October 2008

Grant Results

National Program

Active Living Research


Researchers at Cornell University College of Human Ecology examined walking patterns of women moving into neighborhoods designed following new urbanism principles and women moving into traditional suburban neighborhoods. They also determined aspects of neighborhood design that predict walking patterns.

Key Findings

  • Women who moved to new urbanist neighborhoods did not walk significantly more than women who moved to traditional suburban neighborhoods.
  • Women who moved to neighborhoods with fewer cul de sacs walked more after they moved than they had prior to their move.
  • Demographic characteristics such as prior walking patterns, race and household size were significant predictors of walking patterns post-move. Neighborhood design characteristics accounted for 16.2 percent of change in walking patterns.

This project was part of the Robert Wood Johnson Foundation's (RWJF) Active Living Research program (for more information see Grant Results). The program funds research that improves knowledge and policies regarding ways that environmental factors affect physical activity, particularly for children.

RWJF supported the project with a solicited grant of $100,000 between January 2004 and February 2007.

 See Grant Detail & Contact Information
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By 1999–2000, some 65 percent of Americans aged 20–74 were overweight and 31 percent were obese, according to a report from the U.S. Centers for Disease Control and Prevention. The 1996 Surgeon General's Report on Physical Activity and Health notes that regular physical activity reduces obesity and health risks such as diabetes, coronary heart disease and hypertension.

Emerging research suggests that environmental factors play an important role in promoting or inhibiting active lifestyles. At the same time, "new urbanism" neighborhood design has grown in prominence (Calthorpe P and Fulton W. The Regional City: Planning for the End of Sprawl. Washington: Island Press, 2001; Duany A et al. Suburban Nation: The Rise of Sprawl and the Decline of the American Dream. New York: North Point Press, 2000). New urbanism principles emphasize sidewalks, porches, tree-lined streets, modest-sized lots, small street-to-dwelling setback distances and central social spaces.

Proponents of new urbanism claim that greater physical activity is a likely benefit from new urbanist neighborhoods. Yet, there has been little empirical research examining the relationship between physical attributes of communities and patterns of physical activity among people who live in them.

Most studies of these relationships have examined behavior at only one point in time and therefore cannot establish causal linkages between neighborhood design and exercise levels (Bauman AE et al., Journal of Preventive Medicine, 23(2S): 5–14, 2002). Moreover, most have measured factors such as changes in use of cars rather than in physical activity, per se, according to researchers at Cornell University College of Human Ecology.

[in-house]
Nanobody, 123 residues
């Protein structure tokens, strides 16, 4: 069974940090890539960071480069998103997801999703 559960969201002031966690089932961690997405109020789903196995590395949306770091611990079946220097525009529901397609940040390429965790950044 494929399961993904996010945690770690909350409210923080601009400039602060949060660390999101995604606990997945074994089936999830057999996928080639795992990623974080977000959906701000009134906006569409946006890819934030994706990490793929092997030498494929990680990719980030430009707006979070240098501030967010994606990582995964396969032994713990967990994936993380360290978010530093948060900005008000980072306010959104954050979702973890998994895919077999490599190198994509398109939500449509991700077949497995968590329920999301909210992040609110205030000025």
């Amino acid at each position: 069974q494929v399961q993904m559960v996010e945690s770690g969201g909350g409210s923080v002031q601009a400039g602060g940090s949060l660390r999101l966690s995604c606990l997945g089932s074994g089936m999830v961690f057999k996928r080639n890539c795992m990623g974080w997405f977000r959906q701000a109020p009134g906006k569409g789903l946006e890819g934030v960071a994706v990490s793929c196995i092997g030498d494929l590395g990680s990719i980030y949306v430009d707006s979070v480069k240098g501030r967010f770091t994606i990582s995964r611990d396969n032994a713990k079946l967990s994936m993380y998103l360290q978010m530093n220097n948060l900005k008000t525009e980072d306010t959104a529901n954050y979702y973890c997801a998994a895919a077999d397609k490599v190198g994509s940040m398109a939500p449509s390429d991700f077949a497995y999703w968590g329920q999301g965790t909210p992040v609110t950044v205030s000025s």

Habitat for Humanity

Habitat for Humanity was established in 1976 with the goal of eliminating poverty housing stock and making decent shelter a matter of conscience and action. By 2003, Habitat had built more than 100,000 houses across the world.

In 2003, Habitat for Humanity began construction in one community in Alabama, two in Georgia and one in Florida. Two of these four developments featured new urbanist principles and two featured traditional suburban design. About 100 low-income, primarily African-American, families moved to these neighborhoods.

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RWJF has developed three integrated strategies to reverse the childhood obesity epidemic: evidence, action and advocacy.


Investments in building the evidence base will help ensure that the most promising efforts are replicated throughout the nation.

The Foundation's major research efforts in this area — Active Living Research, Healthy Eating Research and Bridging the Gap — are contributing to the nation's collective knowledge about the changes to policies and to community and school environments that are most effective in increasing physical activity and improving nutrition for kids.

RWJF also seeks to evaluate innovative approaches under way in states, schools and communities across the country.

  • For instance, RWJF supported an independent evaluation of efforts to implement Arkansas Act 1220, which mandated a comprehensive approach to addressing childhood obesity in public schools.
  • The Foundation also funded a separate initiative to analyze body mass index (BMI) data for all Arkansas public school students. Already, the BMI analysis has indicated that, in just three years, Arkansas has halted the progression of the epidemic in the state.


RWJF's action strategy for communities and schools focuses on engaging partners at the local level, building coalitions and promoting the most promising approaches.

RWJF is working with the Food Trust, a Philadelphia-based advocacy organization whose mission is to ensure that everyone has access to affordable, nutritious food. The Food Trust has been bringing supermarkets back to underserved communities in Pennsylvania, and with RWJF is working together to replicate those results nationwide.

RWJF is also working closely with the Alliance for a Healthier Generation (a partnership of the American Heart Association and the William J. Clinton Foundation) to support its efforts to improve nutrition, physical activity and staff wellness in schools nationwide.


As staff learns from the evidence and action strategies, RWJF shares results by educating leaders and investing in advocacy, building a broad national constituency for childhood obesity prevention.

RWJF supported the National Governors Association when Arkansas Governor Mike Huckabee designated wellness in schools, homes, and workplaces as his Chairman's Initiative for 2005–2006.

Through the Leadership for Healthy Communities initiative, RWJF works closely with national organizations that represent elected and appointed officials — such as the National Conference of State Legislatures and the U.S. Conference of Mayors — to educate their members about successful approaches to increasing physical activity and healthy eating among kids. The goal is to support leaders and decision-makers in their efforts to create healthier states, counties and cities.

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As part of a prior unrelated housing study, Nancy M. Wells, Ph.D., associate professor at Cornell University College of Human Ecology, analyzed physical activity patterns among women before they moved to their Habitat for Humanity neighborhoods.

The research described here was part of RWJF's Active Living Research program (for more information see Grant Results). The program funds research that improves knowledge and policies regarding ways that environmental factors affect physical activity, particularly for children. Wells and colleagues took advantage of a "natural experiment" in which women who had partnered with Habitat for Humanity relocated to one of two types of neighborhood to:

  • Determine whether women living in new urbanist neighborhoods have different walking patterns than women who live in traditional suburban neighborhoods.